Alfa Laval Smit LNG/LPG is a dry inert gas generator with low pressure and low dew-point, not jeopardizing on safety and environment with highest degree of availability and operational flexibility.
The most complex inert gas generators are installed on LNG carriers, where very dry inert gas is required. Smit dry inert gas generators from Alfa Laval, have integrated controls and consist of four main components: generator, cooler, chiller and dryer unit.
The cooler, which has gas contact surfaces of SUS 316 for lifetime service, takes up minimal space due to the low-temperature output of the generator. Using water from the chiller, it stabilizes the heat radiation in all conditions.
The dryer unit is redundant and provides additional security. The entire installation is horizontal and allows easy maintenance, although maintenance is seldom required.
- Capacity: 1,500-25,000 m³
- Design: Combustion + drying
- Pressure: 0.3-0.4 bar (g)
- Typical oxygen content: 0.5-1%
- Fuel type: DMX, DMA, DMB
- Fuel atomizing: Air/steam
- Dew point:Dry -45/-65°C
- Recommended for installation on: LNG tankers, LPG tankers, Other gas tankers, FPS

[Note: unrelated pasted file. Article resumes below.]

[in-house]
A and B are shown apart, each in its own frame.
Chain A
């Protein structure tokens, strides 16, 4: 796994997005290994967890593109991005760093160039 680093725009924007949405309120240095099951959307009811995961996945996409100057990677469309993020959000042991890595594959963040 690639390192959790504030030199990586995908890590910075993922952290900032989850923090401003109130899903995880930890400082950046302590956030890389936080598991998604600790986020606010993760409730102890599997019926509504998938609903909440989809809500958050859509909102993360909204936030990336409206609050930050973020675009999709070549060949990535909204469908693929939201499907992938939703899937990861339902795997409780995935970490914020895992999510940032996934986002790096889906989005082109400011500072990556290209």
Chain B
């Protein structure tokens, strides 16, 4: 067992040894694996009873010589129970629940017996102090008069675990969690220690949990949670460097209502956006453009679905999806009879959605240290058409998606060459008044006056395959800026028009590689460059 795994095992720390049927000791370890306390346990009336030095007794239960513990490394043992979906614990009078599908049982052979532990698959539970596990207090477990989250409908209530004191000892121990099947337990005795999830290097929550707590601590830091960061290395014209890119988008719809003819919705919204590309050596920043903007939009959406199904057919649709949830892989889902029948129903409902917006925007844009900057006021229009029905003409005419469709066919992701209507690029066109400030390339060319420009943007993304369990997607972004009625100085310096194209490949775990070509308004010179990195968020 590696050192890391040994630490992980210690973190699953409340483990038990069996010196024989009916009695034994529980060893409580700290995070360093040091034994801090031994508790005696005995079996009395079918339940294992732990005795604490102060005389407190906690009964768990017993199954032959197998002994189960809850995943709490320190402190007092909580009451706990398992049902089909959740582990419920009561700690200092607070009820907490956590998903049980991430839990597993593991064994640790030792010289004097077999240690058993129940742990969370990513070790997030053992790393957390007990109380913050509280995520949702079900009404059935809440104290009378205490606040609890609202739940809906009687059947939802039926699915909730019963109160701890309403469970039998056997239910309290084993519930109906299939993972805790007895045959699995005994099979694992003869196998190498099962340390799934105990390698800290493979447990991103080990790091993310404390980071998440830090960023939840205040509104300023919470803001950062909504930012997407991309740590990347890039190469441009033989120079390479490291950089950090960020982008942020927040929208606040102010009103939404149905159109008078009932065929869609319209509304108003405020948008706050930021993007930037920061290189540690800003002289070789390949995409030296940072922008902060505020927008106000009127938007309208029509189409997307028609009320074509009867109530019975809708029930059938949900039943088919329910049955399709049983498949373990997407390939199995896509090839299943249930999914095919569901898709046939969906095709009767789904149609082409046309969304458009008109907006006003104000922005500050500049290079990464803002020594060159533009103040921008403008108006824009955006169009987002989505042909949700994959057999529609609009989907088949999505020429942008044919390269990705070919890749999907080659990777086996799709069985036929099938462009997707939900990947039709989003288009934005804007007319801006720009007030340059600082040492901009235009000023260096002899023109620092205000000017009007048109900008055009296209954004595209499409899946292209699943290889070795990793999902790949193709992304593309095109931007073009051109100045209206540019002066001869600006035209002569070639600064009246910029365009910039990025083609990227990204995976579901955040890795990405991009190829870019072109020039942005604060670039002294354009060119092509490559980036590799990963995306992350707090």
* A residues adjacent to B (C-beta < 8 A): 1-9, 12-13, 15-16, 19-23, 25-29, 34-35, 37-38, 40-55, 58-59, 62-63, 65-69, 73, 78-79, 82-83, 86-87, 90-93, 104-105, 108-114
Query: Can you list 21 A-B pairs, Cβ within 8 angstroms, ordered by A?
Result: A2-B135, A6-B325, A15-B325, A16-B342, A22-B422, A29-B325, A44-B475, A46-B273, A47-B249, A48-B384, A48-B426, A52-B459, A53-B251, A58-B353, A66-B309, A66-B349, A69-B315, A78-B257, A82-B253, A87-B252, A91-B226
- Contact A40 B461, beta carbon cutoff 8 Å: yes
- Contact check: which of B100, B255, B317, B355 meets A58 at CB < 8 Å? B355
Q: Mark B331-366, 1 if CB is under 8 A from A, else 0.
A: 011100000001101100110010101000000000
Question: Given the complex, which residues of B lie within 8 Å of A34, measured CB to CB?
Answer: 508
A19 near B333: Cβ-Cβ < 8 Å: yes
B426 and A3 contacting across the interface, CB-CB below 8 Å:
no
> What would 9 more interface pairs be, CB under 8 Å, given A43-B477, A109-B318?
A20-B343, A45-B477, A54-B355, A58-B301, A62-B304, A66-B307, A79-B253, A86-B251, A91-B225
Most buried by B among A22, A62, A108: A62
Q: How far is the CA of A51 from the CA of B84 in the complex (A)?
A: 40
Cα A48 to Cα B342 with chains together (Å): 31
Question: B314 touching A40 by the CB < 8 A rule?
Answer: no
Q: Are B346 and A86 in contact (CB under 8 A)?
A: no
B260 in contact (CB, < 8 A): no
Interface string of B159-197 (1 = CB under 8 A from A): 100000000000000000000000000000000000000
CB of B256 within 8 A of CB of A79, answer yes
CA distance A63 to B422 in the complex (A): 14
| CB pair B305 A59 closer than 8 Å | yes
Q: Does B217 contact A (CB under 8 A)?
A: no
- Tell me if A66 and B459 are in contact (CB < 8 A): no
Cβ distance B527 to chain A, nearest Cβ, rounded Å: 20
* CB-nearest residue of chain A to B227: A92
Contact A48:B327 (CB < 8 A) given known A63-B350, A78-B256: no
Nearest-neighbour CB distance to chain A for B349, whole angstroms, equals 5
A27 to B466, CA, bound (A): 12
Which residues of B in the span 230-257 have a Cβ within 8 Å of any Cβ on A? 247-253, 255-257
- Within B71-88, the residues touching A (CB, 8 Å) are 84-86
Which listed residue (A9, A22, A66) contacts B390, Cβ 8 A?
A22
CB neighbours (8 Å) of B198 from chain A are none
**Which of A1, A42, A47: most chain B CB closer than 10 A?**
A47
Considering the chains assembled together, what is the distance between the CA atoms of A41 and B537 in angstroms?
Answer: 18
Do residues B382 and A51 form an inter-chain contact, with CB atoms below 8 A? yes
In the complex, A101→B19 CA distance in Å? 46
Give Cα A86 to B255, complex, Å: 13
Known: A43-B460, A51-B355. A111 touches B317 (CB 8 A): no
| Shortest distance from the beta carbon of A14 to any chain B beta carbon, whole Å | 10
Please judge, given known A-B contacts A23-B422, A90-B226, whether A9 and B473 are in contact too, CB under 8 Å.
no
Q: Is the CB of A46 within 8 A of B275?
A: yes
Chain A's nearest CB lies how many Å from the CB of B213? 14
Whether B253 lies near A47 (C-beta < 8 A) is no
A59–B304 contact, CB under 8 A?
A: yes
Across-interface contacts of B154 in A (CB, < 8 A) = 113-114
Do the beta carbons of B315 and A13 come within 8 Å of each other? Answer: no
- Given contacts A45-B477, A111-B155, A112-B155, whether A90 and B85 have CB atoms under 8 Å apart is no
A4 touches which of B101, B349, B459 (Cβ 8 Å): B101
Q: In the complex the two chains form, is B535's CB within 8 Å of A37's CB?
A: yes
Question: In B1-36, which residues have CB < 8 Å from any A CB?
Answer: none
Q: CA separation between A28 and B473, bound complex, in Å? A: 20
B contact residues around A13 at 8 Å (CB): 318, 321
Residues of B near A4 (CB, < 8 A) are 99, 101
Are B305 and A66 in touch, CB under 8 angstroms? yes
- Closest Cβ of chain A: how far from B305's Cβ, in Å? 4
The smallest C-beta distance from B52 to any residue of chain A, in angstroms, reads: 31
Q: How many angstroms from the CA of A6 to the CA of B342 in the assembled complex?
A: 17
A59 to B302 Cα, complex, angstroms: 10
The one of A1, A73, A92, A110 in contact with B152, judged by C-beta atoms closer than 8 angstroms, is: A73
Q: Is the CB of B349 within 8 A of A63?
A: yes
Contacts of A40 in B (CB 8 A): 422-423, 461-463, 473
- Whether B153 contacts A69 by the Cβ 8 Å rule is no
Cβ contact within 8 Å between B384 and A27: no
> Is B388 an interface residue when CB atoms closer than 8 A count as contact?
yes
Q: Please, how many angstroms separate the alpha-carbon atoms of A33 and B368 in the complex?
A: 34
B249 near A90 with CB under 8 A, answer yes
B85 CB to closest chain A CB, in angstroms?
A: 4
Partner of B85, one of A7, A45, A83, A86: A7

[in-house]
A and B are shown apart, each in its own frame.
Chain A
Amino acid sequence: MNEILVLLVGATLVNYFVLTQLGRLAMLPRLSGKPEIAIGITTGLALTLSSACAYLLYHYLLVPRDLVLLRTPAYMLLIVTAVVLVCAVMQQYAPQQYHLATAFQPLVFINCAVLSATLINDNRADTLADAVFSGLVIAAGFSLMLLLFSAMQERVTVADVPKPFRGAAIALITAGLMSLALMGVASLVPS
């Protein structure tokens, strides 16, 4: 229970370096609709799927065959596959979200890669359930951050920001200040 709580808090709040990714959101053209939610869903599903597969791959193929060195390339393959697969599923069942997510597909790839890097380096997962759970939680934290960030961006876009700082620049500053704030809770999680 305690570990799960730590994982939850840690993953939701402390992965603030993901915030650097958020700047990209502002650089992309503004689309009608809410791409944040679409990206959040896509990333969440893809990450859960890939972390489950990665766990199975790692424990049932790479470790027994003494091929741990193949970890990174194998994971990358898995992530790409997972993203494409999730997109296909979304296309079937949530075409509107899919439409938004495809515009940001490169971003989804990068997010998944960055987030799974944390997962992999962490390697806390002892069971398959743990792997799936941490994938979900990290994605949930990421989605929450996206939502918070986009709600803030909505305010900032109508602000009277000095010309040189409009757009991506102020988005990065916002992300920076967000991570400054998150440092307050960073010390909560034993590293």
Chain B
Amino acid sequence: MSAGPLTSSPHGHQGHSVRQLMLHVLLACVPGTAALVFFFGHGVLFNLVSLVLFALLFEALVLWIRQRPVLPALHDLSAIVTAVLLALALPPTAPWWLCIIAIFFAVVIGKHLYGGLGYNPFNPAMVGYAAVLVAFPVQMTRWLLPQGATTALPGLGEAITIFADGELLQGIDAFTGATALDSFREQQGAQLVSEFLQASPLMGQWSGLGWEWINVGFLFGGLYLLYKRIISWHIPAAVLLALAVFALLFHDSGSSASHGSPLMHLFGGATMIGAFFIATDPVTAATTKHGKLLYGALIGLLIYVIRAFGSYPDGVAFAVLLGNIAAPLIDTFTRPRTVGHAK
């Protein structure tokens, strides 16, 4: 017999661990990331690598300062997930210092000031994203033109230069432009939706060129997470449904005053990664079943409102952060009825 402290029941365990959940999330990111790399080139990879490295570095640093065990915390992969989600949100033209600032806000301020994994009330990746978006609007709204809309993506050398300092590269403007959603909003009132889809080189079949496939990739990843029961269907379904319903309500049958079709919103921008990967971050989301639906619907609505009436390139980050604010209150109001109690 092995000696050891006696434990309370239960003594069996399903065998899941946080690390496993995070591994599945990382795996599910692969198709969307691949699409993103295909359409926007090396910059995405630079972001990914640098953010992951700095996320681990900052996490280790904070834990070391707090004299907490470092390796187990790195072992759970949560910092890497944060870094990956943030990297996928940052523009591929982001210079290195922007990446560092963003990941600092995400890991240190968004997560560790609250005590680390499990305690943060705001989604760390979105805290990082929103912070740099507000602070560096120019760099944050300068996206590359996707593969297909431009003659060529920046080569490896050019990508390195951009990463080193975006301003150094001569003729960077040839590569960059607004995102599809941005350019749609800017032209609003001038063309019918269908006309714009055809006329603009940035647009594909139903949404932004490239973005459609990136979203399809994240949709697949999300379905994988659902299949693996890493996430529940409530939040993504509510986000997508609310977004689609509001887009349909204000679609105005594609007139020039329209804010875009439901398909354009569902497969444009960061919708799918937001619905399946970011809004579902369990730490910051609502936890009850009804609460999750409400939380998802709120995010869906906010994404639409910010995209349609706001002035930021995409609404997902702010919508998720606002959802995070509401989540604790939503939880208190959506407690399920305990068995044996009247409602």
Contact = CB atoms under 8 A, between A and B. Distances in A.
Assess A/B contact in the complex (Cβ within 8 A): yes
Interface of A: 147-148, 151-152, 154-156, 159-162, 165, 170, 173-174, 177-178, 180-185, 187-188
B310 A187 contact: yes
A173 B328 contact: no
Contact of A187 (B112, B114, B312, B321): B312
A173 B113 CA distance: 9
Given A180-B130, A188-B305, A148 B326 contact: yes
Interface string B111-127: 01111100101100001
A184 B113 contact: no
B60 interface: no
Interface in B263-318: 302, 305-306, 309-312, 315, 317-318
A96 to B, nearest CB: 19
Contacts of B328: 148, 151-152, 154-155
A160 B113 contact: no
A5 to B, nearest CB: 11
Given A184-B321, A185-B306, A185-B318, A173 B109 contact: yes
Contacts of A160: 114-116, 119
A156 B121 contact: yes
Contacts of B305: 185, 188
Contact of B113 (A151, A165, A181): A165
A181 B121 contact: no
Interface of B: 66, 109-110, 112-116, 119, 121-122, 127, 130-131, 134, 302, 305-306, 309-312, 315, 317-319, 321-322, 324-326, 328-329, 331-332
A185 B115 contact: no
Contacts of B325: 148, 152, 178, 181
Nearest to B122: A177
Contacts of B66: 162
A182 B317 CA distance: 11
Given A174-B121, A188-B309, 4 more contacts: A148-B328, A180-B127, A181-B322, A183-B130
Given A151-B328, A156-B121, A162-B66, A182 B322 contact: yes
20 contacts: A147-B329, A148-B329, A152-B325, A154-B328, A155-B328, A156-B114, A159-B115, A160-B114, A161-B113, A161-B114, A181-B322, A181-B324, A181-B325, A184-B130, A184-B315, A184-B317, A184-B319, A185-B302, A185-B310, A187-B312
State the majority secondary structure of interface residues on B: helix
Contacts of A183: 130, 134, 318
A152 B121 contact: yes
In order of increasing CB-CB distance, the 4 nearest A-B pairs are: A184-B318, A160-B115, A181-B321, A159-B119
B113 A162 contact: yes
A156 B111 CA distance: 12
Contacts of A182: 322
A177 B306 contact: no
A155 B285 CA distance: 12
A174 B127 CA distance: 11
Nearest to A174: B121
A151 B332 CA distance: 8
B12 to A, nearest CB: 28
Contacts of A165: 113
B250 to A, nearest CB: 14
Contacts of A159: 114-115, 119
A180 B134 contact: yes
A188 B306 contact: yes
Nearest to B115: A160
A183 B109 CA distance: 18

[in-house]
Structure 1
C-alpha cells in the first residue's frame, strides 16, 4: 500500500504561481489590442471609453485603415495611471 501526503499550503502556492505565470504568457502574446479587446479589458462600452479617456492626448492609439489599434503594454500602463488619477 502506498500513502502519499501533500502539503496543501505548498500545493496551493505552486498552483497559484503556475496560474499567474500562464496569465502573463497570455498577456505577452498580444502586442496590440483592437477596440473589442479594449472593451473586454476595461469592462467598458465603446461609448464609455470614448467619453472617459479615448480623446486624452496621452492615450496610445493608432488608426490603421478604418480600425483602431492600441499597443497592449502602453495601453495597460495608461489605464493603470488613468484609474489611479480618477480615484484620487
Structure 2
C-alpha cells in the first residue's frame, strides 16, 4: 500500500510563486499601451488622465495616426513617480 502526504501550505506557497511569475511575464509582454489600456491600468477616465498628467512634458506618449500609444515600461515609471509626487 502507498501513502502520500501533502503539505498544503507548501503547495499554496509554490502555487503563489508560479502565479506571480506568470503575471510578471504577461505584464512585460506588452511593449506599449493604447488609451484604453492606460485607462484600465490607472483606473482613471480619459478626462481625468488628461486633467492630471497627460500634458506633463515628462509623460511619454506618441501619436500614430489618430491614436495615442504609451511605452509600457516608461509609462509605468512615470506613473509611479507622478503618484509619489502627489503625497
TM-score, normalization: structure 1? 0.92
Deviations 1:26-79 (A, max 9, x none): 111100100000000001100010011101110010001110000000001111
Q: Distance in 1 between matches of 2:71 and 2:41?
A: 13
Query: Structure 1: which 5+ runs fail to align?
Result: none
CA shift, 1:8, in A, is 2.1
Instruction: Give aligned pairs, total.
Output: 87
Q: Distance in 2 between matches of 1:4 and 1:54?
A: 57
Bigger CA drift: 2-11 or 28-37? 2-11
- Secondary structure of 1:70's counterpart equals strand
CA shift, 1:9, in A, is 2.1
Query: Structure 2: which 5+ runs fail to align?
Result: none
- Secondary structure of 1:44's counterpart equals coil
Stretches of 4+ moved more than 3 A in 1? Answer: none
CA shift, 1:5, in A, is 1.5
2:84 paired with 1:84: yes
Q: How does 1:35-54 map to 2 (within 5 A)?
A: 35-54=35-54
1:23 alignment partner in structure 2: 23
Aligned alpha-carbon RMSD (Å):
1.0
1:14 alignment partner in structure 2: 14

- LNG carriers
- LPG carriers
How it works
For gas- and chemical transportation the inert gas needs to be of high purity. For many applications, oxygen levels of 0.5% or even 0.1% are required, in combination with a water dew-point of about -45 °C and sometimes lower (-65 °C). Also here, the burner is the heart of the system as the inert gas needs to be absolutely soot free in the first place. This is achieved with the Ultramizing Combustion system.
When the gas leaves the generator, it has the right composition, but it is saturated with 100% water and has to be dried.
The drying process takes place in two steps. In the first step of the refrigerant cooler, the gas temperature is lowered to 5 °C which results in condensation of a great quantity of water.
In the second stage the inert gas is dehumidified further in a double vessel type drying unit using activated alumina or adsorbent. The whole process operates under a pressure of about 0.3 bar(g).